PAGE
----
I have to thank Diana Larsen for bringing the subject of Retrospectives up. I am very interested in them, but have little experience outside the usual Scrum retrospectives so I was very happy that someone of the caliber of Diana was willing to share her experience.
Many things to take away here, all coming directly from Diana’s mouth.
First, an aphorism: “if you’re not doing Retrospectives, you are not applying Agile” — says someone from Agile 2005. So true and so ignored!
To learn and grow, you need action AND reflection. Either one of them is NOT enough.
Q: How long should the retrospectives last? (that was from me)
A: For a week-long iteration, at least 1h15m. For a month-long iteration, 2h30m to a 1/2 day. For a 6-month release, around 2 days.
Setting the stage: you need to make people feel comfortable. One trick is to make each of them speak, usually about a non-controversial subject (who they are, how their day went, what they want to take away from the retrospective).
Gather Data: you want to find experiences, feelings, facts. The idea is to make people brainstorm, find items.
Generate insights: make people arrange the items on a timeline, a mindmap or with hexagonal cards. This usually helps finding connections between items and organizing them.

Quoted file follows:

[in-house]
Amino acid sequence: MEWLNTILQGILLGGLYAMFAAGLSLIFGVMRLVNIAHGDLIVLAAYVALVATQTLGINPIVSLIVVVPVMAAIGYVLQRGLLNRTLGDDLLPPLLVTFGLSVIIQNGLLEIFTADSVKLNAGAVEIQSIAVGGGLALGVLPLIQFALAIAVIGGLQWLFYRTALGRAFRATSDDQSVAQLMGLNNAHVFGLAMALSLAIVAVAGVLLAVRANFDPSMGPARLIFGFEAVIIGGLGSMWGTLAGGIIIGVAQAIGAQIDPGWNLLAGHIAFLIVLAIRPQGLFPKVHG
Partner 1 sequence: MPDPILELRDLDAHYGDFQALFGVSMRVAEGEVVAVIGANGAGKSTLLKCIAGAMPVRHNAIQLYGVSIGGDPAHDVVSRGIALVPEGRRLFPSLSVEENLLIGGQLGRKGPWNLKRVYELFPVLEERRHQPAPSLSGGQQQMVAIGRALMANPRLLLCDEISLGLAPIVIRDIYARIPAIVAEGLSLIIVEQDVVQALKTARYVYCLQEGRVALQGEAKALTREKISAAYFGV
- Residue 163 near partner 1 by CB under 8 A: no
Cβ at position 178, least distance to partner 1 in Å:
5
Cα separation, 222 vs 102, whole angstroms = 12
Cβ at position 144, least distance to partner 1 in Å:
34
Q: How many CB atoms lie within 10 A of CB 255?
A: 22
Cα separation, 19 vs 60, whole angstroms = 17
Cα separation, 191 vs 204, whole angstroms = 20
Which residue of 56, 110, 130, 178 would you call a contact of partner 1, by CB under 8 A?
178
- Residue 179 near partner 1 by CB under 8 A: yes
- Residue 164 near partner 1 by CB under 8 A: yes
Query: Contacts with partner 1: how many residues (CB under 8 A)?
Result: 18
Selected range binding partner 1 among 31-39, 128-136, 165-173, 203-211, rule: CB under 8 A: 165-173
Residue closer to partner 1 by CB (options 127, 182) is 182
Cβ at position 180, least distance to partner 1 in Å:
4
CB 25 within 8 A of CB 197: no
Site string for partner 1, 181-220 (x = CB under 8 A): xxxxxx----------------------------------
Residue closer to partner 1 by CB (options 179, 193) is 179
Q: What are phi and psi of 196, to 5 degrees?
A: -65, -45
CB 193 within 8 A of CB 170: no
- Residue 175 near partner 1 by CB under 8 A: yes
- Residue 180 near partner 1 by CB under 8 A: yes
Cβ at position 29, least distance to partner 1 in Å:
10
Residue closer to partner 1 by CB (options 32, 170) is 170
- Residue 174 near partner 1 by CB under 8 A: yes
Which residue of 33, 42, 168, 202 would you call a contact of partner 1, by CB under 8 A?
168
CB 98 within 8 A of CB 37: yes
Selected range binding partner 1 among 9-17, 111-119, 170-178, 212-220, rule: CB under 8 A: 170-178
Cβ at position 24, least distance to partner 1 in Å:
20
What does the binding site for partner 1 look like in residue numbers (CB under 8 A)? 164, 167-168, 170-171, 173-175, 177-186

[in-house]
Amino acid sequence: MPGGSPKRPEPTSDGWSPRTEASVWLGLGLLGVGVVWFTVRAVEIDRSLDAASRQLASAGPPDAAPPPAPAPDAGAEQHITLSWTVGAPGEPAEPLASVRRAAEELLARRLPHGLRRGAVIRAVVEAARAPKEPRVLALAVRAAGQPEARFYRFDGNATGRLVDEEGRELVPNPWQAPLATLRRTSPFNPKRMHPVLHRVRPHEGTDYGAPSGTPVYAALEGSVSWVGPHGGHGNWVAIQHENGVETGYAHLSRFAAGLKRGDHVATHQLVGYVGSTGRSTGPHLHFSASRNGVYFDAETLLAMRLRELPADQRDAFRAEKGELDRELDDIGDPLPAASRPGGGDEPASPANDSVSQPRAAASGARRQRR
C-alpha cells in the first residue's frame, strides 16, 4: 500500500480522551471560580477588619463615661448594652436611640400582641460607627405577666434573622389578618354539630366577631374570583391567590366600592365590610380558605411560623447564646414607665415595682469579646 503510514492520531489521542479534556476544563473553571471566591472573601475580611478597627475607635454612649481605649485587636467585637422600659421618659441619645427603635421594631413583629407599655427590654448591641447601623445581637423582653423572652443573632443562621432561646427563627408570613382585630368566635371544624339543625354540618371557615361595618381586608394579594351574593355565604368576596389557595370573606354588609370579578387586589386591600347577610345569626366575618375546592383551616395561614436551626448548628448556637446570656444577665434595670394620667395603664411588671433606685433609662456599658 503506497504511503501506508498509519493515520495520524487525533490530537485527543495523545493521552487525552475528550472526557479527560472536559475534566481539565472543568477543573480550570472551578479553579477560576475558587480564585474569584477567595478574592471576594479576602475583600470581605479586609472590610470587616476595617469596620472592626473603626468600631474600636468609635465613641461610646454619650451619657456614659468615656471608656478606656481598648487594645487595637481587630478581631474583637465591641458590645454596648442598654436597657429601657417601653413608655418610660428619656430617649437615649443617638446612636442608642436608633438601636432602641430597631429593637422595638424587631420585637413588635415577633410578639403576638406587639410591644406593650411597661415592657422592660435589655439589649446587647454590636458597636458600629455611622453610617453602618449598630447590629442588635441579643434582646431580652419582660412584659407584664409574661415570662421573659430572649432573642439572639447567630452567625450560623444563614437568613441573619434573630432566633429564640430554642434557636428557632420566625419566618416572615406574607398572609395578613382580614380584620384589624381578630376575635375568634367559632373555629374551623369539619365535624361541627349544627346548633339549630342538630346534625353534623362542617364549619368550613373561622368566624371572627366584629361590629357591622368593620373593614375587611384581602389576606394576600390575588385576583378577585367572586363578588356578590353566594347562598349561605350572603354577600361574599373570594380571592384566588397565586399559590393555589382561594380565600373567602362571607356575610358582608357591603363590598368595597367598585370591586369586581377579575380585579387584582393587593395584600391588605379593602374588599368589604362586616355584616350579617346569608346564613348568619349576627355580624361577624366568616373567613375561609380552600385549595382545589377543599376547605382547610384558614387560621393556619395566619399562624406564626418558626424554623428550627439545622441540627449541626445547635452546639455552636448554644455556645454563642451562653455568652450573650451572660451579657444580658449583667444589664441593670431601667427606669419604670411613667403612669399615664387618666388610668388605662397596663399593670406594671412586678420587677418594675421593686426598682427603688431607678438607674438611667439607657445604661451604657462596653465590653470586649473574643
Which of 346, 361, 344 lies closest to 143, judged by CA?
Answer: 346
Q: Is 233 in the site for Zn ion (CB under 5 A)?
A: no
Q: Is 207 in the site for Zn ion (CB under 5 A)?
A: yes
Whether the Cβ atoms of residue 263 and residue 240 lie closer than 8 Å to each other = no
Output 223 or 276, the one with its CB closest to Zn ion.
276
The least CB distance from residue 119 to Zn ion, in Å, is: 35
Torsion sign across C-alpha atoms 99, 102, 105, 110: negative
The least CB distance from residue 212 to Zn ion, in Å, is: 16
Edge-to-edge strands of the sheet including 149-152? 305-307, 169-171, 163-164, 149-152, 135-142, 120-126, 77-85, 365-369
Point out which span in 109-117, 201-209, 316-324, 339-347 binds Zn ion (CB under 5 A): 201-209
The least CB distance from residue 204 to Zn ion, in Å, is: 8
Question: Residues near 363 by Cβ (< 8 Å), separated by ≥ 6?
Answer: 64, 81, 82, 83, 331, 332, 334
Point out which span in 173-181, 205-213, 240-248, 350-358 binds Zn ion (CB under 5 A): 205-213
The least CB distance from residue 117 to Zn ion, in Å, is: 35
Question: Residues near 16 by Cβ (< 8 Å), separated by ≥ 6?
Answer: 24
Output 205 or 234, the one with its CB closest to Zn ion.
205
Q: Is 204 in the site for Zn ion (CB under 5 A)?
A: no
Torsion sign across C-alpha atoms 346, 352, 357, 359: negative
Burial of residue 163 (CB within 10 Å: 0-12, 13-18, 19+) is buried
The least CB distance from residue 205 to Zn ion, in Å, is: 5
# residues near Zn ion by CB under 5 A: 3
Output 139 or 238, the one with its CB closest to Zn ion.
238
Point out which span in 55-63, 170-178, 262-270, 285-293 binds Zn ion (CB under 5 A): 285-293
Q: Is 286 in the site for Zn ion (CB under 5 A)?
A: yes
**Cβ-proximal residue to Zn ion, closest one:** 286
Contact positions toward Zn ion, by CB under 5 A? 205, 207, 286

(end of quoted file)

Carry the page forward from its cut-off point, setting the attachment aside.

Decide what to do: split people in small groups to find actions. These actions must be clearly labeled experiments: they will be reviewed on the next retrospective. It must be a short list. 2 or 3 items!
Close Retrospective: review what was done, thank people (it is a wearing exercise).
One important thing is to devise a goal for the Retrospective. Make it different every time; otherwise, it gets boring!
During one Retrospective, it was found that some people were blaming Scrum. So the facilitator asked them to list all issues and then to attach a C (“caused by”), V (“made visible by”) and N (“not related to”). It then occurred to the participants that Scrum was not the problem, after all…
Diana recommended joining the Retrospective mailing list at YahooGroups. Apparently, it is low-traffic (~20 mails a month) but still interesting.
Retrospective on Retrospective: one of the tricks that Diana uses is to provide a board with 3 H-zones for “what Helped me”, “what Hindered me” and “what Hypothesis I can make for the future Retrospective”. People are free to fill that up during the Retrospective or later, anonymously. This is later used by the facilitator to enhance the next meeting.